FULL POST


Facebook helps doctors with diagnosis
One doctor used Facebook as a diagnostic tool when treated a woman who suffered a stroke.
August 24th, 2012
05:19 PM ET

Facebook helps doctors with diagnosis

Facebook isn’t just for connecting with friends – doctors are finding uses for the social network in diagnosis.

Doctors from the Mayo Clinic used the social media site in investigating the stroke of a 56-year-old woman. They published a report about it in the journal BMJ Case Reports.

The patient had a clogged artery in her neck that needed to be opened for treatment. This type of stroke, called ischemic, happens because of reduced blood flow to the brain as a result of narrowed or blocked arteries.

FULL POST


Older fathers may be linked to child autism
As many as 20 to 30% of cases of autism and schizophrenia may be because of the father’s advanced age, a new study found.
August 23rd, 2012
05:33 PM ET

Older fathers may be linked to child autism

The Empowered Patient is a regular feature from CNN Senior Medical News Correspondent Elizabeth Cohen that helps put you in the driver's seat when it comes to health care.

Women aren’t the only ones whose biological clocks are ticking: A new study on the genetics of autism finds the sperm of older men may be to blame for many cases of the disorder.

The study, done by researchers in Iceland, indicates that as many as 20-30% of cases of autism and schizophrenia may be linked to the father’s advanced age.  Unlike findings on disorders such as Down Syndrome, this study found that the age of the mother made no difference.

“This is really a paradigm shift,” said Dr. Jamie Grifo, program director of the New York University Fertility Center.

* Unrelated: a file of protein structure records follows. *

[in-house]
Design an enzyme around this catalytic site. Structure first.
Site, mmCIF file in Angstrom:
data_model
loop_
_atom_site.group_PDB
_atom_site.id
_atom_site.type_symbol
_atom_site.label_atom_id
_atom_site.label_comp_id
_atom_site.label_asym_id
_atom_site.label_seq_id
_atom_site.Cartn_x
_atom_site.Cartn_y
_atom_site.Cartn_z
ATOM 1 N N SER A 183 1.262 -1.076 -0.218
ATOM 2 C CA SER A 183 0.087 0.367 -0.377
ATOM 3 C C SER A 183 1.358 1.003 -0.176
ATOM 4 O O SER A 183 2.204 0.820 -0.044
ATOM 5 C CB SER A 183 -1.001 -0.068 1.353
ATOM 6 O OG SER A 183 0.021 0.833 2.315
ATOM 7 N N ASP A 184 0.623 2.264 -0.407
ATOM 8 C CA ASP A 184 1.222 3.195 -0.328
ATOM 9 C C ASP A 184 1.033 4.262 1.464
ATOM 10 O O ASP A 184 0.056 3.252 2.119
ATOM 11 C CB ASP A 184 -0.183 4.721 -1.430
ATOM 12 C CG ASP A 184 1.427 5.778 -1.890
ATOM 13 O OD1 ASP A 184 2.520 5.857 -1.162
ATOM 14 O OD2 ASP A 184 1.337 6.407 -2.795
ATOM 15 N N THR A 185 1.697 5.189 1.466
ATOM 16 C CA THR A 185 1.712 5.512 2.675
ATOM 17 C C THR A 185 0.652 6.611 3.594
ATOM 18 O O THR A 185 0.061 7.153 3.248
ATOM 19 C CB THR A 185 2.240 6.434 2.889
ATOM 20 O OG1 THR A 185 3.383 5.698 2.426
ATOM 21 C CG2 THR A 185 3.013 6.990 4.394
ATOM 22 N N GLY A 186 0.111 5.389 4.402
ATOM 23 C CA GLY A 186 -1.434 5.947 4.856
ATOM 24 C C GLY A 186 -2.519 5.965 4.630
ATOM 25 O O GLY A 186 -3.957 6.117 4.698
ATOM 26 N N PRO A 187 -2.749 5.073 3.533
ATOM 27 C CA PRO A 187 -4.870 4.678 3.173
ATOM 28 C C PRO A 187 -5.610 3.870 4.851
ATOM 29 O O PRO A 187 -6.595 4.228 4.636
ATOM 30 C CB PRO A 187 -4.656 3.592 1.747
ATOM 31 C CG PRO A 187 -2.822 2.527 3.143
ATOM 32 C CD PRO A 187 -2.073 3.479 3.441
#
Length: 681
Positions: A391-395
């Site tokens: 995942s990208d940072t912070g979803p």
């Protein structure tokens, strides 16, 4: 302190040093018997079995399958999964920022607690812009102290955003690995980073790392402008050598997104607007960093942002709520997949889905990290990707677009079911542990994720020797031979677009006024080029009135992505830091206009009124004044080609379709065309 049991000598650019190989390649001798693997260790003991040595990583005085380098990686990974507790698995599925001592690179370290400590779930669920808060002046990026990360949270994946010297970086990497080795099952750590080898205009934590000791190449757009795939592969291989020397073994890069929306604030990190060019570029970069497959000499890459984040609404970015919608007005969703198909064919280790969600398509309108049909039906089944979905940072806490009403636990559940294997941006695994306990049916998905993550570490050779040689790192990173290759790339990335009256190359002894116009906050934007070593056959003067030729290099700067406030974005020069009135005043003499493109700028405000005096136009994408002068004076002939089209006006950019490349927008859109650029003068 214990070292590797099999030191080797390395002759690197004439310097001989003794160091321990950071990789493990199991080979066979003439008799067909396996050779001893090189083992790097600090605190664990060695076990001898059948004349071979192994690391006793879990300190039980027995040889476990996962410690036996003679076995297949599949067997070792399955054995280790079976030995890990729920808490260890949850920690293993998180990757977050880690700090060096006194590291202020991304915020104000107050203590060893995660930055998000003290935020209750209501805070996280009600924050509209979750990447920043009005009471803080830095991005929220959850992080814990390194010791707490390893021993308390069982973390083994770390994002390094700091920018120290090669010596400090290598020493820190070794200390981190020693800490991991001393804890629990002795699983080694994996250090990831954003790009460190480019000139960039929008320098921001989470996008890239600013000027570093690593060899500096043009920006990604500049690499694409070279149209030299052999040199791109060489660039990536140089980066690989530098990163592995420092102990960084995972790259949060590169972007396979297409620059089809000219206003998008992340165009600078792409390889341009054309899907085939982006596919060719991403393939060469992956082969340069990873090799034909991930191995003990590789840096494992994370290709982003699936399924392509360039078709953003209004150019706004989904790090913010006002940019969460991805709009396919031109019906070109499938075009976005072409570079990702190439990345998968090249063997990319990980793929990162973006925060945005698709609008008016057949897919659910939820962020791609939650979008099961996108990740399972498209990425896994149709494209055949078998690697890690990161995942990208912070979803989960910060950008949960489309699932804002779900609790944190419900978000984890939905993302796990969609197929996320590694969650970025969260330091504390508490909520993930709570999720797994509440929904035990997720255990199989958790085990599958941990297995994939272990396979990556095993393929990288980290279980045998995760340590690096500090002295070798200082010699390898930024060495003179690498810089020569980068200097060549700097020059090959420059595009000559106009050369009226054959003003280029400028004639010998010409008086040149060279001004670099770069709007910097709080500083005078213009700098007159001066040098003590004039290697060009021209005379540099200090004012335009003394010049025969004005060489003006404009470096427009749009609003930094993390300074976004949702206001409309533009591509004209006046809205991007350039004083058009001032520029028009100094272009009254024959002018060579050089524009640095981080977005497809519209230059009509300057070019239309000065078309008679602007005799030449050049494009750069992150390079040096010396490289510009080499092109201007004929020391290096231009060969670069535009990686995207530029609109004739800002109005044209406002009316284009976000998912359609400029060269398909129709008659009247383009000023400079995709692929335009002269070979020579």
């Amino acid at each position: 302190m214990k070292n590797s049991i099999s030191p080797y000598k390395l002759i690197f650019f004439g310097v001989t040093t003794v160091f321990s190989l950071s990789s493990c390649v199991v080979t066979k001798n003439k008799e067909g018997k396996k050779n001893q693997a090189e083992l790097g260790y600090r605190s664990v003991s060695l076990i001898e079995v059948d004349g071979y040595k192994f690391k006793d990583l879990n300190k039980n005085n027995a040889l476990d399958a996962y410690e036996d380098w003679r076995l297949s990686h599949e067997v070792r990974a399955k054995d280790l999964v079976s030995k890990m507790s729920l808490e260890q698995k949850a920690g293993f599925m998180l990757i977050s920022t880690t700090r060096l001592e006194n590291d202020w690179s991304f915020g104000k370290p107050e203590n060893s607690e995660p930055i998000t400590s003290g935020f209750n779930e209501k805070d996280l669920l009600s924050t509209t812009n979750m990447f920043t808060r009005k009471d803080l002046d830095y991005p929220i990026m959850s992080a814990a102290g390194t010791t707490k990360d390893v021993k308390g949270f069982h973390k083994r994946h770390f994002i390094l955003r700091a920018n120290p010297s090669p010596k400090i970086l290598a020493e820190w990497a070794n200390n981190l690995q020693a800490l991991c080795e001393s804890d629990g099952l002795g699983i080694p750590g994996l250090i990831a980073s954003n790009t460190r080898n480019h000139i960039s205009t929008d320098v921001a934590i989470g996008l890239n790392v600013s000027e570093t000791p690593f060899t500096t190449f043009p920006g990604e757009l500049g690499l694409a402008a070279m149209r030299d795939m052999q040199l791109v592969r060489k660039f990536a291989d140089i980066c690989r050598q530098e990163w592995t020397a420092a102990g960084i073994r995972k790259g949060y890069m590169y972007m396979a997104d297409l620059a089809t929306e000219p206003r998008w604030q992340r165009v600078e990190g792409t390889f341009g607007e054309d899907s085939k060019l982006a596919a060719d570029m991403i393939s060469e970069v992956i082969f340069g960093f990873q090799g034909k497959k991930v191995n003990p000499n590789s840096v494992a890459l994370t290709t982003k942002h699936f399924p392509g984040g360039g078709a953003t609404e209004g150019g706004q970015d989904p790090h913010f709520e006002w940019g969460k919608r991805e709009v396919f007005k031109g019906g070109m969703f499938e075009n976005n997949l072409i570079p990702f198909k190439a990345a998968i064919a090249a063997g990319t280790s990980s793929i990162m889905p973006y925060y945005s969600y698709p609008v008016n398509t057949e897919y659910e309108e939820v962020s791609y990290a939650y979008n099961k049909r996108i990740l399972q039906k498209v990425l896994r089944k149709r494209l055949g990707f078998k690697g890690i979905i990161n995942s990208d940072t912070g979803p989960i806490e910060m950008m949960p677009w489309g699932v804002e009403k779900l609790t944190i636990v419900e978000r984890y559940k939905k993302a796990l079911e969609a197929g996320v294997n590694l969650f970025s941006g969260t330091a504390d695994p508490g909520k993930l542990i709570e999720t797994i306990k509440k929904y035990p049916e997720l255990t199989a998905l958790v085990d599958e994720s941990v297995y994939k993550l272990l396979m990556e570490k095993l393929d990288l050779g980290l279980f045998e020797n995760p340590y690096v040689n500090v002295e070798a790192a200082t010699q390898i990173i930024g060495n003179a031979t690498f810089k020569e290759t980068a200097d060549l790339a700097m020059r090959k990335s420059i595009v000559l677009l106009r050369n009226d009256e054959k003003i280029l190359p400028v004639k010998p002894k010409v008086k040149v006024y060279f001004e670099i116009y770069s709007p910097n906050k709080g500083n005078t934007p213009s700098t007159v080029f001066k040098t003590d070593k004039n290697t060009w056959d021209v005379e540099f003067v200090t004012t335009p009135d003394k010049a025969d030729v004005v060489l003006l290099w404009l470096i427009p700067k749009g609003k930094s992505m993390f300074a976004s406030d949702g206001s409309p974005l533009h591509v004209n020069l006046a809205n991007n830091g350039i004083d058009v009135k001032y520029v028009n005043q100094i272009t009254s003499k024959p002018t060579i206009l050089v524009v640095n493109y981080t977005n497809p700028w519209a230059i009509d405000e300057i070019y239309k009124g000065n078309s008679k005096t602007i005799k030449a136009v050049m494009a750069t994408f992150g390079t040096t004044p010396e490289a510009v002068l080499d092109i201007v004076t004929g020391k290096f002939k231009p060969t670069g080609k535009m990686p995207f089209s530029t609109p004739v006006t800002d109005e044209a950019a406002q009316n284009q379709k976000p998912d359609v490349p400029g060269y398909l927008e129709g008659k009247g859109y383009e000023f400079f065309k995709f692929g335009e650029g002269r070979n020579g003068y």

Traditionally, women have borne the brunt of concerns about having a healthy child as they age, while many men have assumed their sperm were no different at 80 than at 20.

“I had my babies at 38 and 39 and I was terrified,” said anchor Ashleigh Banfield on CNN Newsroom. “Honey, you’re in the conversation now. It’s not just me.”

Video: Older fathers may be linked to autism

While older men have an increased risk of fathering a child with autism, the risk is still low – 2% at the most for dads over 40, according to the new study.

The authors looked at random mutations in genes that are linked to autism and schizophrenia. Looking at 78 families, the researchers found that on average, a child born to a 20-year-old father had 25 random mutations that could be traced to the father’s genes. Children born to 40-year-old fathers had 65 mutations.

As men age, "Sperm will have acquired more mutations than when they were younger, which will increase the chance of children they father inheriting a disease-producing mutation,” said Richard Sharpe, who does research on male reproductive health at the MRC Centre for Reproductive Health at the University of Edinburgh.

One scientist said men might want to take a tip from some young women who freeze their eggs to use when they’re older.

“Collecting the sperm of young adult men and cold-storing for later use could be a wise individual decision,” wrote Alexey Kondrashov, a professor who studies evolution at the University of Michigan’s Life Sciences Institute.

With autism, no longer invisible


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About this blog

Get a behind-the-scenes look at the latest stories from CNN Chief Medical Correspondent, Dr. Sanjay Gupta, Senior Medical Correspondent Elizabeth Cohen and the CNN Medical Unit producers. They'll share news and views on health and medical trends - info that will help you take better care of yourself and the people you love.